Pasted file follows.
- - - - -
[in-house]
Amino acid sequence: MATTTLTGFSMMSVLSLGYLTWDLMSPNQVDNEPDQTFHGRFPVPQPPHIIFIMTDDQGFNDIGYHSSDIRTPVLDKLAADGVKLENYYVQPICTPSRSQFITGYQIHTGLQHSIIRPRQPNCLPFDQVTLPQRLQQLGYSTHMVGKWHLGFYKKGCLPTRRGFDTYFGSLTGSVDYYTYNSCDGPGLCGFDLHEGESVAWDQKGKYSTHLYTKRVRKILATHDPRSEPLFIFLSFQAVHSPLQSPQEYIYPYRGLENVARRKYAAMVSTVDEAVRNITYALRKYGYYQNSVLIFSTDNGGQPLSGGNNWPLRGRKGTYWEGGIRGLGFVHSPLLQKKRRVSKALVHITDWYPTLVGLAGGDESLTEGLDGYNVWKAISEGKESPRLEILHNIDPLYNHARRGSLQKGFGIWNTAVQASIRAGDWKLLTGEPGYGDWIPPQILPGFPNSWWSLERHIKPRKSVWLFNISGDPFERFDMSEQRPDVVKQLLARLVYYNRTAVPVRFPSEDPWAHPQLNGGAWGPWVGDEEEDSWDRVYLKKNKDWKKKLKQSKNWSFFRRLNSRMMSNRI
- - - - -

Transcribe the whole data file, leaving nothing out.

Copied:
[in-house]
Amino acid sequence: MATTTLTGFSMMSVLSLGYLTWDLMSPNQVDNEPDQTFHGRFPVPQPPHIIFIMTDDQGFNDIGYHSSDIRTPVLDKLAADGVKLENYYVQPICTPSRSQFITGYQIHTGLQHSIIRPRQPNCLPFDQVTLPQRLQQLGYSTHMVGKWHLGFYKKGCLPTRRGFDTYFGSLTGSVDYYTYNSCDGPGLCGFDLHEGESVAWDQKGKYSTHLYTKRVRKILATHDPRSEPLFIFLSFQAVHSPLQSPQEYIYPYRGLENVARRKYAAMVSTVDEAVRNITYALRKYGYYQNSVLIFSTDNGGQPLSGGNNWPLRGRKGTYWEGGIRGLGFVHSPLLQKKRRVSKALVHITDWYPTLVGLAGGDESLTEGLDGYNVWKAISEGKESPRLEILHNIDPLYNHARRGSLQKGFGIWNTAVQASIRAGDWKLLTGEPGYGDWIPPQILPGFPNSWWSLERHIKPRKSVWLFNISGDPFERFDMSEQRPDVVKQLLARLVYYNRTAVPVRFPSEDPWAHPQLNGGAWGPWVGDEEEDSWDRVYLKKNKDWKKKLKQSKNWSFFRRLNSRMMSNRI